The European quality assurance (QA) scheme for breast cancer services focuses on improving the outcomes of care while taking into account patient experience and satisfaction.

The scheme is available to all interested services (hospitals, clinics, diagnostic centres, etc.) worldwide.


The QA scheme is a collection of requirements to support breast cancer services in improving the quality of care offered. Compliance with these requirements will be evaluated, whenever appropriate using several tools, including quantitative indicators.

The multidisciplinary panel Quality Assurance Scheme Development Group (QASDG) has defined the 'care pathway' for breast cancer screening and care, the interventions and services to be considered, the quality domains to be included and how the QA scheme can be implemented at European level.



The requirements are defined and selected in a structured way by all QASDG members.

The procedure consists of the following essential steps:

1. Collection of requirements

Requirements for all breast cancer care processes (from screening to follow-up until end-of-life care) are researched in existing literature, guidelines, indicator databases and quality assurance schemes, and are presented with reference to their evidence. In cases where the requirements retrieved do not address all the relevant quality potentials in the breast cancer care pathway, the QASDG develops new ones. Requirements that do not meet predefined inclusion criteria are excluded.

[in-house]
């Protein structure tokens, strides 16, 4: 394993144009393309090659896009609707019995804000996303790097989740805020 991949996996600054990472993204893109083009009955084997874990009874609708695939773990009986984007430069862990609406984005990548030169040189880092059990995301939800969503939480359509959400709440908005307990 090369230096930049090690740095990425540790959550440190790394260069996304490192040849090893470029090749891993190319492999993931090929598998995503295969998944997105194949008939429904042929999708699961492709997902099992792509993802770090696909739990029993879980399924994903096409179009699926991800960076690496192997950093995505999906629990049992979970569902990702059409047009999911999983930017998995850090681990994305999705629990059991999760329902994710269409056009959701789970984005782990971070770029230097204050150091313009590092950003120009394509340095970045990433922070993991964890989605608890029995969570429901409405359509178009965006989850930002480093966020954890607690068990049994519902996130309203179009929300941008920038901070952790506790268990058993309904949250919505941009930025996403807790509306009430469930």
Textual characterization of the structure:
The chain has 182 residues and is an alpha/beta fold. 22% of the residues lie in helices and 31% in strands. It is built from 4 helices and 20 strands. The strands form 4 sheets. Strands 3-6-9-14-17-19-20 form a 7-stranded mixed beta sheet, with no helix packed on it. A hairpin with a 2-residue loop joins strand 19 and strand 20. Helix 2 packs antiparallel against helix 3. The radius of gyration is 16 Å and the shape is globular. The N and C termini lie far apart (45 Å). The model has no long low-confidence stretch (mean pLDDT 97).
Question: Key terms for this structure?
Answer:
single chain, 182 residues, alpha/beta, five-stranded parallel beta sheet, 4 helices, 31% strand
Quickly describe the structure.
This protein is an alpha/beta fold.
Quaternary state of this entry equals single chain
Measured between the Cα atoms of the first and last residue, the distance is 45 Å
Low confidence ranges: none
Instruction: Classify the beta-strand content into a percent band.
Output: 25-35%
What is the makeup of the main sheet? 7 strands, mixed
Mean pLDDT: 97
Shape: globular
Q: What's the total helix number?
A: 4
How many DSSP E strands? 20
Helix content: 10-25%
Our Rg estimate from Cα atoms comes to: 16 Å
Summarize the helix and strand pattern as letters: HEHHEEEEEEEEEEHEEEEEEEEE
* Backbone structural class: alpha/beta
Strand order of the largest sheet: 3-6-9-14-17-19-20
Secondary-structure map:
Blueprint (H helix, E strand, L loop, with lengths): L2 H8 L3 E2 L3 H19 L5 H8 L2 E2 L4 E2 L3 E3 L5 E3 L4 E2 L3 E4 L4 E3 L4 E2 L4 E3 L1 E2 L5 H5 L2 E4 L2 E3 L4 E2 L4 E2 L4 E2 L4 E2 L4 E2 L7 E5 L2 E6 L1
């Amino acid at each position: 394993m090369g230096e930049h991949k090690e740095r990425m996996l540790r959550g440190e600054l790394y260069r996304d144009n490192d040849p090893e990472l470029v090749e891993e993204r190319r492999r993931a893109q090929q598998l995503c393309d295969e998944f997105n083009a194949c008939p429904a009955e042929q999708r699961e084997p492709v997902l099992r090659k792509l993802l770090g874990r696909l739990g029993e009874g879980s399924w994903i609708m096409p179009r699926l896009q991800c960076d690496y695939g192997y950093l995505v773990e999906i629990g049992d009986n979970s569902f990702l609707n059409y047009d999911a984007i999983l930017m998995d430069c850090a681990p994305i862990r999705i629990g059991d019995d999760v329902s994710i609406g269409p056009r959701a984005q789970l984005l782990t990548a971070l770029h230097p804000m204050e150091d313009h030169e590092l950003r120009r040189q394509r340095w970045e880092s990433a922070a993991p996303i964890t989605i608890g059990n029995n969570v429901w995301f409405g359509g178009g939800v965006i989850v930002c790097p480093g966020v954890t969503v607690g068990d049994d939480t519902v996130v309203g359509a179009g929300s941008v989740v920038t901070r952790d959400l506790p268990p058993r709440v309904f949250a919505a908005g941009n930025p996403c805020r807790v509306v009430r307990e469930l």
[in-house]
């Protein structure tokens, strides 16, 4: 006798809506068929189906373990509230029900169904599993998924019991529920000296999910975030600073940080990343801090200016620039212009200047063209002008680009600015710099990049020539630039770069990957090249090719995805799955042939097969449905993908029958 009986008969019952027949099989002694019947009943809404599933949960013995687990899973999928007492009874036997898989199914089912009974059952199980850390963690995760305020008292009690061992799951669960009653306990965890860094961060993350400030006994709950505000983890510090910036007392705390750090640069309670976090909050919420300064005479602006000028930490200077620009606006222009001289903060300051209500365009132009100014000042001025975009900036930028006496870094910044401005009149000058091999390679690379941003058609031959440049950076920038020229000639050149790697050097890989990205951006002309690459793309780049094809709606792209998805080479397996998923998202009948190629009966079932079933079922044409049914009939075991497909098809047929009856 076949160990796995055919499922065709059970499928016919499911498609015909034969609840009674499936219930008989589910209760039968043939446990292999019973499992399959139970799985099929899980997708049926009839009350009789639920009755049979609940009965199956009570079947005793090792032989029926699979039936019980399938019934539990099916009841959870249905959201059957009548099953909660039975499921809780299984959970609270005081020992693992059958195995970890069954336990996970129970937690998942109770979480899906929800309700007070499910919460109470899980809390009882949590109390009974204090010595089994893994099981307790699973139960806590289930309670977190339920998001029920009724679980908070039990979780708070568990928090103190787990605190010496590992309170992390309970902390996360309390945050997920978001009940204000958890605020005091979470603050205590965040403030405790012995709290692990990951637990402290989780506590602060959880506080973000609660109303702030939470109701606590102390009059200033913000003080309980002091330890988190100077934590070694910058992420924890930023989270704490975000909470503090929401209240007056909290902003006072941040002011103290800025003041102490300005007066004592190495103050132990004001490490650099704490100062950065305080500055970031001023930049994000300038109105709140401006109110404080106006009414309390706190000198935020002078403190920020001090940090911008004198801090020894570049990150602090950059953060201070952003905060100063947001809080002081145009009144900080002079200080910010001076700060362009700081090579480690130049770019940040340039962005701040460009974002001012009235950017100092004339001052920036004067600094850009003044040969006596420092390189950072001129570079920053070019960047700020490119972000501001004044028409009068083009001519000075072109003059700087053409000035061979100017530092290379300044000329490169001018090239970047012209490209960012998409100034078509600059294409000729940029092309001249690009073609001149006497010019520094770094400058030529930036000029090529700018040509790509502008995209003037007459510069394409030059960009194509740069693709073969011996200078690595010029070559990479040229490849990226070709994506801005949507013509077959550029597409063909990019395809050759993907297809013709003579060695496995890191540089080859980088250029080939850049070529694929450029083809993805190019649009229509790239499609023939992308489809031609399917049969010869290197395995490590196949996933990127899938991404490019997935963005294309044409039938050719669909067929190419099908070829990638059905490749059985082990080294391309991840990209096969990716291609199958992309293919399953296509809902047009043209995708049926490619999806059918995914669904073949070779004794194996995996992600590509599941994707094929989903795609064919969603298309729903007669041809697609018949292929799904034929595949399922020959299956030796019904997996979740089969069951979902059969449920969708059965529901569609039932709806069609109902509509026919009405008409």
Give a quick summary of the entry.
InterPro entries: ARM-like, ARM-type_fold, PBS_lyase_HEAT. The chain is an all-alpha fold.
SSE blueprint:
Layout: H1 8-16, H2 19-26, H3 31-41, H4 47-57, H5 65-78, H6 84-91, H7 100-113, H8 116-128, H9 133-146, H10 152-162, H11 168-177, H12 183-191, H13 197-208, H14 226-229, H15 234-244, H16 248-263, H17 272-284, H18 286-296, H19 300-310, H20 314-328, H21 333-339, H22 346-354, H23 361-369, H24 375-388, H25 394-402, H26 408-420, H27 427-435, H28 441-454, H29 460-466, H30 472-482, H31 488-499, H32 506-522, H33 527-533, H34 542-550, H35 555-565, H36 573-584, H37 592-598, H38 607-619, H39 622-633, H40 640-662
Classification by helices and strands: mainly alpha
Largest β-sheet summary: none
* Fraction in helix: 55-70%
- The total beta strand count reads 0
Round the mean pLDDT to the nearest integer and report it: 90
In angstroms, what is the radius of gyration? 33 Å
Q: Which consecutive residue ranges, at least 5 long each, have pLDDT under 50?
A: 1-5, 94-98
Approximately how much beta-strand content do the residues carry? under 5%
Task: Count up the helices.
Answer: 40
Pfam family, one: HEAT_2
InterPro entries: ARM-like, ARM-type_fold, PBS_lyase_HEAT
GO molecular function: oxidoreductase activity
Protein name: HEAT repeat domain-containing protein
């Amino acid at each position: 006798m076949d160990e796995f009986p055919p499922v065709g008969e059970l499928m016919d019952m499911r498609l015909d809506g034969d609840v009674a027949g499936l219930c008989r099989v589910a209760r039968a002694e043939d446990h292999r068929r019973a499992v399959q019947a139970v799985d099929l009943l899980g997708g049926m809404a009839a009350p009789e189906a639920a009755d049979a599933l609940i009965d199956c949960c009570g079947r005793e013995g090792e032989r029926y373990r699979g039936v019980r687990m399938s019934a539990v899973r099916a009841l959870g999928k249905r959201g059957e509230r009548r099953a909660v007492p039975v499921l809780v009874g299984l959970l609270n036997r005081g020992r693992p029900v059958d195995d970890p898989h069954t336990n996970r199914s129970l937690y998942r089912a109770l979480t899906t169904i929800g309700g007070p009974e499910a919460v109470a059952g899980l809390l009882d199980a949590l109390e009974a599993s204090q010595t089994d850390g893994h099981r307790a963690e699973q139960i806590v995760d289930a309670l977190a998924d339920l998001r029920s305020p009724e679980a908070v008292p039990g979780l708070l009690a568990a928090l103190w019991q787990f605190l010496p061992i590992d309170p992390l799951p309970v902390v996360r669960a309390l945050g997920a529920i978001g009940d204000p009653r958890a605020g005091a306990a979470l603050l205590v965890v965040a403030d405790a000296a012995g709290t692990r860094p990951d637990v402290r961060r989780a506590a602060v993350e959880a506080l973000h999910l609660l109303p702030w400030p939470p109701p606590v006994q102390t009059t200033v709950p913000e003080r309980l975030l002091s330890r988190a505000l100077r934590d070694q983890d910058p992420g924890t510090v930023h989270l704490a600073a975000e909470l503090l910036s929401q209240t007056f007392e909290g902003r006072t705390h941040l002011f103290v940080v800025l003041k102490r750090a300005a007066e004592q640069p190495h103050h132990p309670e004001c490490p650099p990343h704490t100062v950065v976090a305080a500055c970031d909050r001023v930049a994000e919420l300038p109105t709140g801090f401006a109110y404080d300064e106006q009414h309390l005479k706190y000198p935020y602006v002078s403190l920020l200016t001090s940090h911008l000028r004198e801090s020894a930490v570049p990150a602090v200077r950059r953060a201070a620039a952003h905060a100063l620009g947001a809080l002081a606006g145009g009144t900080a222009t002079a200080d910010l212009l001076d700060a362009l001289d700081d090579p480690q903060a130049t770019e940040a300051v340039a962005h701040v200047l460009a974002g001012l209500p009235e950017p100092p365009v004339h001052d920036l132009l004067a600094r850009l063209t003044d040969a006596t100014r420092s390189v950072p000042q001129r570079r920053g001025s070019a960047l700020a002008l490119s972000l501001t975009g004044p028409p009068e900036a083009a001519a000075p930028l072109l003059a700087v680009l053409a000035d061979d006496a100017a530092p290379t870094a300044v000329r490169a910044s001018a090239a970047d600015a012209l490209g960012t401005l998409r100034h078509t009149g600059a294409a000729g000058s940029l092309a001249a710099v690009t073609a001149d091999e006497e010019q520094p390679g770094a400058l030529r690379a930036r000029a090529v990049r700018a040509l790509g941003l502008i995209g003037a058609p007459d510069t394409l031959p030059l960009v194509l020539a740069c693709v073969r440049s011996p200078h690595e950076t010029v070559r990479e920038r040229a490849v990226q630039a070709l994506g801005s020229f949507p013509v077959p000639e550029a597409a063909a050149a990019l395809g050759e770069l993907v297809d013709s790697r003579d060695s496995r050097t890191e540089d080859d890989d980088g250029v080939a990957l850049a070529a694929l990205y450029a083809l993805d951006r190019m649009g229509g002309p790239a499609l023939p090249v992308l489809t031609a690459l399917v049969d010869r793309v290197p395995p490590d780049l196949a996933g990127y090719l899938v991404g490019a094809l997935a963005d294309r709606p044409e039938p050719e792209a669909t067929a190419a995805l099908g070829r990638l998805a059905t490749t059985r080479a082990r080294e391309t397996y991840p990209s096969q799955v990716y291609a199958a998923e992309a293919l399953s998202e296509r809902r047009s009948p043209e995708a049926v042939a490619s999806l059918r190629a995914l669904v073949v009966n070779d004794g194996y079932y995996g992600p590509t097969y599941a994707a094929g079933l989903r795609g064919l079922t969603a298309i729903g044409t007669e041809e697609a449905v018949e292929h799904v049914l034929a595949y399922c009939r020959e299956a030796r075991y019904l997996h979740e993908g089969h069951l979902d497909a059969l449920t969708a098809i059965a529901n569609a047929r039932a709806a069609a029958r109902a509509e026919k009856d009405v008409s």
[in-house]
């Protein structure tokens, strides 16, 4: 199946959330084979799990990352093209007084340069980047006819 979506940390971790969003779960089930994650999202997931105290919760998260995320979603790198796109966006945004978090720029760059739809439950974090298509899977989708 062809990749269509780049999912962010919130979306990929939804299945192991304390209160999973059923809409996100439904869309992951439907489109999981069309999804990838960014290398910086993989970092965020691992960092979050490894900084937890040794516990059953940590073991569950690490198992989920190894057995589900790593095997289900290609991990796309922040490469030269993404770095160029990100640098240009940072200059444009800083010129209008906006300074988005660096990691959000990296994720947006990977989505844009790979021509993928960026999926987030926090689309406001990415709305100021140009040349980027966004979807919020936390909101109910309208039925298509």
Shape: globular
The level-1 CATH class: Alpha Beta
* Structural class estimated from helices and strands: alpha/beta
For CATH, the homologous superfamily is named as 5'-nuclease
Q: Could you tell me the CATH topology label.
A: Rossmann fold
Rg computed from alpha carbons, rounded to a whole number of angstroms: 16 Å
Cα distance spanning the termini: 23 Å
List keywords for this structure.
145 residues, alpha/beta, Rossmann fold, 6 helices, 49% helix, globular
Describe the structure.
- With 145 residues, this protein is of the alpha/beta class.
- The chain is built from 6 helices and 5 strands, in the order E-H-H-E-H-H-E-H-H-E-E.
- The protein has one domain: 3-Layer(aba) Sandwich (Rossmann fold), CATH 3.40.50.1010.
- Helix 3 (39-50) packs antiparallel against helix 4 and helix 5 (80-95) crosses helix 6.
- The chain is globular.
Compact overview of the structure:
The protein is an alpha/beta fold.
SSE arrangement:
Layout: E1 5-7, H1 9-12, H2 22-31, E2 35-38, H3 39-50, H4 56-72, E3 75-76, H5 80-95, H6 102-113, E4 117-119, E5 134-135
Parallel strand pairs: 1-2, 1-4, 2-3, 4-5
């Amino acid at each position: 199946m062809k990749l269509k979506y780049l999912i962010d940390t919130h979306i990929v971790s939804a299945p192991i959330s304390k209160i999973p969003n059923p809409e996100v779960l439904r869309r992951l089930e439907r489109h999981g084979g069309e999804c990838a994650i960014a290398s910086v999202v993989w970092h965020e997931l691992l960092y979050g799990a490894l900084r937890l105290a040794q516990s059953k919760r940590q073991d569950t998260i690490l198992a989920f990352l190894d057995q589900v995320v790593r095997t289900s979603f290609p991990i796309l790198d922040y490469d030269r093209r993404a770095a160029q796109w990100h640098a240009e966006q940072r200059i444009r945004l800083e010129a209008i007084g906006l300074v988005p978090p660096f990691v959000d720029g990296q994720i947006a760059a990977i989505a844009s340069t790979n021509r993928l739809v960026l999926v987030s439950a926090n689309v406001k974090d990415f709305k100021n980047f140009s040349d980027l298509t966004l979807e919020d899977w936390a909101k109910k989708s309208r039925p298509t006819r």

2. Panel process

In Delphi-style rounds, requirements are first rated for their understandability and relevance and then for their feasibility. Relevance relates to the significance of the requirements for a patient-centred care outcome. Feasibility relates to the ability of the requirements to actually be implemented and provide meaningful data at service-provider level.

Only requirements that are rated high for understandability, relevance and feasibility by the majority of the QASDG members are included in the European QA scheme.

3. Feasibility and pilot run

The requirements are tested in the feasibility checks in real settings exercise and the pilot run. They are amended according to the feedback gathered and then implemented within the scheme.

Next steps

The feasibility checks took place between September 2021 and March 2022.

The pilot run has now started and will be finalised by February 2023.

The update of the requirements is planned for the first half of 2023.